Vaccinating dogs and puppies

By vaccinating your dog, you prevent unnecessary illnesses and limit their spread. A puppy is usually vaccinated just before it is collected from the breeder, but after that, it’s the new owner’s responsibility to vaccinate his or her dog. For show and competition dogs, there are special rules that must be followed for the dog to participate, and if you want to travel abroad with your dog, you must find out what rules apply when entering and leaving.

Your dog’s first vaccination is already given when it is a puppy. Dogs should receive the first dose of vaccine against parvovirus, canine distemper, and hepatitis when they are around seven to eight weeks old. Since puppies should not leave their mother before they are eight weeks old, the breeder normally takes care of vaccinating the puppy. It must be stated in the purchase agreement that the puppy is vaccinated. In addition, a vaccination certificate from the veterinarian must be provided at the time of purchase. If for some reason the breeder has not vaccinated the puppy at eight weeks of age, it is the new owner’s responsibility to ensure that it is done as soon as possible. The vaccine should then be renewed when your dog is 12 weeks and one year old. In order to have adequate protection, your dog has to be vaccinated at regular intervals. The recommended interval for vaccinating your dog is every three years. Vaccinating against parvovirus, canine distemper, and hepatitis is particularly important if your dog spends time in places and environments where there are many other dogs, for example in dog parks or at shows and competitions.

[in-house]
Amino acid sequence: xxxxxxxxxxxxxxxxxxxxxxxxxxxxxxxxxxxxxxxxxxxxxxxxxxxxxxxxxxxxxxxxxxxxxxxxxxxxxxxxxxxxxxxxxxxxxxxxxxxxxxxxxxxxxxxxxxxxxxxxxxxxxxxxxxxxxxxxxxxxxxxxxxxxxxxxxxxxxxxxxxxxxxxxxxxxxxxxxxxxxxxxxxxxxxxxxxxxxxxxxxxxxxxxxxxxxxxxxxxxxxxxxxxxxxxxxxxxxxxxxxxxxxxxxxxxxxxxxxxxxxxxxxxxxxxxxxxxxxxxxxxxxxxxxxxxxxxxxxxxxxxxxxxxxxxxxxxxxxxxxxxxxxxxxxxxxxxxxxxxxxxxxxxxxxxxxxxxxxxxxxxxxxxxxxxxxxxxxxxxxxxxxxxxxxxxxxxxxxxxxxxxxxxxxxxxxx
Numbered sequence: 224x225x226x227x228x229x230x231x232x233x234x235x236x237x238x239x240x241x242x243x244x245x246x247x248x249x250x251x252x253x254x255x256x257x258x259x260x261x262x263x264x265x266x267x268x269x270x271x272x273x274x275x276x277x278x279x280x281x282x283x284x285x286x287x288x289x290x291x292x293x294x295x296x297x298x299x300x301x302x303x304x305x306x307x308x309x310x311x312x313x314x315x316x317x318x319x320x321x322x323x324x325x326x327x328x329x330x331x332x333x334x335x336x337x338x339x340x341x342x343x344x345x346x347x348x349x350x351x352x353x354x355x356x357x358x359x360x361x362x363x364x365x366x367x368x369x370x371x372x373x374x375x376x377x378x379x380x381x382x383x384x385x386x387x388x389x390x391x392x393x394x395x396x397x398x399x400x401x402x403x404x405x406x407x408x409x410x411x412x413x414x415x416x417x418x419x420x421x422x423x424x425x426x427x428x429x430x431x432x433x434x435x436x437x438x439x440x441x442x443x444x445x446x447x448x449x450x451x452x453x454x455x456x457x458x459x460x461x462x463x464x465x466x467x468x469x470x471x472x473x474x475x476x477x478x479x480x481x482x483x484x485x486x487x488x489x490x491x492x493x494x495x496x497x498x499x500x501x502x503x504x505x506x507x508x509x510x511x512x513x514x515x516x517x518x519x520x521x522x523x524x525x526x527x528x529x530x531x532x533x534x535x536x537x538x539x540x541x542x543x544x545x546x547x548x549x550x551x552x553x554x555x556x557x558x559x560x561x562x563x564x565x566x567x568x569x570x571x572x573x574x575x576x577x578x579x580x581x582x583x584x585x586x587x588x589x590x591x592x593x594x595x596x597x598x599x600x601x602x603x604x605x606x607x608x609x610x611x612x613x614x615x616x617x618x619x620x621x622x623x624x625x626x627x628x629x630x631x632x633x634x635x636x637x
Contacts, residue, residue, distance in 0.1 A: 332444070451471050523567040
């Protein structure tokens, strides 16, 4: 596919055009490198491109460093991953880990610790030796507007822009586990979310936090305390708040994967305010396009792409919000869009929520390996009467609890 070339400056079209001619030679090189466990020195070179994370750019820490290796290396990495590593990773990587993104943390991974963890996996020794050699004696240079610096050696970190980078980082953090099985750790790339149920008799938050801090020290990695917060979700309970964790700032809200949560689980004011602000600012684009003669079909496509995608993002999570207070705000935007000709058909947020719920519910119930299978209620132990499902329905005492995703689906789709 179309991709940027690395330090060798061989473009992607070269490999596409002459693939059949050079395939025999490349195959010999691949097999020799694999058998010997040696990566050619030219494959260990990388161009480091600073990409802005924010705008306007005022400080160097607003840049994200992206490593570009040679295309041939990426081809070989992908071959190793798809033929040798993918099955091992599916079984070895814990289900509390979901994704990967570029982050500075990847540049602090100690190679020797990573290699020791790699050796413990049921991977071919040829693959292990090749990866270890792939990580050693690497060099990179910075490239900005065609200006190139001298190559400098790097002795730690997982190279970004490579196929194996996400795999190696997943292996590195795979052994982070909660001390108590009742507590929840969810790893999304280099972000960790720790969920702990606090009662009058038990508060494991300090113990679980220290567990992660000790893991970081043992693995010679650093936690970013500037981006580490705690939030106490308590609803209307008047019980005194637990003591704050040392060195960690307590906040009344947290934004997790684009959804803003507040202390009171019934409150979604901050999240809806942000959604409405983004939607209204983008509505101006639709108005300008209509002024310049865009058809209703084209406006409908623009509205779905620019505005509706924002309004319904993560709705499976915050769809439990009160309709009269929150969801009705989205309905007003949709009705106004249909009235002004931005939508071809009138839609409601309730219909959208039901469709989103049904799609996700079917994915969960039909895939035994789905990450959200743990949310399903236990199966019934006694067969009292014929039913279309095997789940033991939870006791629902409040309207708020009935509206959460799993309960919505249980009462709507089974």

Vaccinating dogs and puppies

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